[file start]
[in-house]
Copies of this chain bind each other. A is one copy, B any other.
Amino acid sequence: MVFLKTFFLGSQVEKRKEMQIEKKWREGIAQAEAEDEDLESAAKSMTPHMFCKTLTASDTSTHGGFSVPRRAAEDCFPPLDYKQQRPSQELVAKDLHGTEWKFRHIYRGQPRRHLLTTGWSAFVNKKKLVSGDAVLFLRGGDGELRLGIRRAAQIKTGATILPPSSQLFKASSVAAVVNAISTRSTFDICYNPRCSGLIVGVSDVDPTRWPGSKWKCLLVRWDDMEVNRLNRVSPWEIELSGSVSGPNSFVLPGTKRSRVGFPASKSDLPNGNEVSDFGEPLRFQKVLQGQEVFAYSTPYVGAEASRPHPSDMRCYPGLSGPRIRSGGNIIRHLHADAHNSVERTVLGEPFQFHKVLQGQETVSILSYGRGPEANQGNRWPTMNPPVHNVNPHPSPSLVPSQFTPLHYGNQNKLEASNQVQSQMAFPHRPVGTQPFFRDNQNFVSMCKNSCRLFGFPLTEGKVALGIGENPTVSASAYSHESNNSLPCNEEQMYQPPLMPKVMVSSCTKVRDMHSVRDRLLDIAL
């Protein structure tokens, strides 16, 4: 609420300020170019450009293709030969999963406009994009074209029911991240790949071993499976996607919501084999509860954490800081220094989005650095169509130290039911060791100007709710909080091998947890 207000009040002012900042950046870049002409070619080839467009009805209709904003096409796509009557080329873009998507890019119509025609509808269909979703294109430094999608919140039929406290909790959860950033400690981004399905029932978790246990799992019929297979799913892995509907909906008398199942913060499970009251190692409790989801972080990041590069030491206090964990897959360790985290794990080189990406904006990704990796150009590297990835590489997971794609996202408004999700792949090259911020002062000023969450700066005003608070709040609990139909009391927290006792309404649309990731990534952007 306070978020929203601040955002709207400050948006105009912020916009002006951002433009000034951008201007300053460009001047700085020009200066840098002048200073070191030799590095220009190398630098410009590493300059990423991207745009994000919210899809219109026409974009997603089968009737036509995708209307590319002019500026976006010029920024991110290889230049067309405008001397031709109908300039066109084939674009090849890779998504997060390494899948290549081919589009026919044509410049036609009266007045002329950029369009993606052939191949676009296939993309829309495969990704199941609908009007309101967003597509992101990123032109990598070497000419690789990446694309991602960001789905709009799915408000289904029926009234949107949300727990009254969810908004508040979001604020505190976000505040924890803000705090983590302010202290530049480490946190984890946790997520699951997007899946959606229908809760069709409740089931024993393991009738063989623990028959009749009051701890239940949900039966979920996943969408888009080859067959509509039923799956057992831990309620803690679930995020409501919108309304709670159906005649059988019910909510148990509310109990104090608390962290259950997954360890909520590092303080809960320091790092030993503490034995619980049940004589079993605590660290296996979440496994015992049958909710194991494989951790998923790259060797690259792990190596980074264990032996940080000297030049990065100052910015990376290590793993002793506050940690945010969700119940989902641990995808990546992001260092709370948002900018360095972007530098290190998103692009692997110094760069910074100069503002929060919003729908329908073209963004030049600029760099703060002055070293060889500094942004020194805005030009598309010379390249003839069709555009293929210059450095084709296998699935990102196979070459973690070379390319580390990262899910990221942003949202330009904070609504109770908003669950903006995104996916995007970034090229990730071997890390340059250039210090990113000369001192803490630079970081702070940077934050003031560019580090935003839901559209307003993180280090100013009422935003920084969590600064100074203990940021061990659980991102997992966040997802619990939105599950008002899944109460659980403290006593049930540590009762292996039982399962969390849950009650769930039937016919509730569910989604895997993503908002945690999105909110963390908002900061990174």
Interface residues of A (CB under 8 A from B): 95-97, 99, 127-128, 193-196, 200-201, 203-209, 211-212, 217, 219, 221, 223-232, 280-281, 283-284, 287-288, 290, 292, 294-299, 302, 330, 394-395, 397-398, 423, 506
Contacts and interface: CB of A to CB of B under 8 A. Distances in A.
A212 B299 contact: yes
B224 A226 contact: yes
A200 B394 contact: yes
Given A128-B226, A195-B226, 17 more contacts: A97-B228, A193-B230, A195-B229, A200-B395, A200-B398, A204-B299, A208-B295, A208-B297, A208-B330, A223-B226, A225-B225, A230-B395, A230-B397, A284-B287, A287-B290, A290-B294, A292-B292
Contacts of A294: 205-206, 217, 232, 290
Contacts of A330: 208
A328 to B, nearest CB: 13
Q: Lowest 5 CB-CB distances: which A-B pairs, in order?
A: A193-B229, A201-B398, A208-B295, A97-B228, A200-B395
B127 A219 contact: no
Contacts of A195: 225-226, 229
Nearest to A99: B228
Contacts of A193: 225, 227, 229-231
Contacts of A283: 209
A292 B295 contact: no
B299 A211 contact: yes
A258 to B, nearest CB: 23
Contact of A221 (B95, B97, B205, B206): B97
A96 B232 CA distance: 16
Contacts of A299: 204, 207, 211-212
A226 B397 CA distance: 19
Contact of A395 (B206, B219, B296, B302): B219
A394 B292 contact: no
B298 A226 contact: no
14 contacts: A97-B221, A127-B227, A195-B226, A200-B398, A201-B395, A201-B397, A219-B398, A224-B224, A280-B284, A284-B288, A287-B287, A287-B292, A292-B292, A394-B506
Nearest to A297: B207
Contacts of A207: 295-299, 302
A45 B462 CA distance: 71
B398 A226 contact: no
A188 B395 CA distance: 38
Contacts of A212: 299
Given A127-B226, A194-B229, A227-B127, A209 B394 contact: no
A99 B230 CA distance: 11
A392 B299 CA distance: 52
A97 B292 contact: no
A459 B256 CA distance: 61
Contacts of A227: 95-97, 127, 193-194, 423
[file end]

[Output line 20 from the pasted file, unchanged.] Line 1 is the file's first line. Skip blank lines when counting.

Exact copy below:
Contacts of A283: 209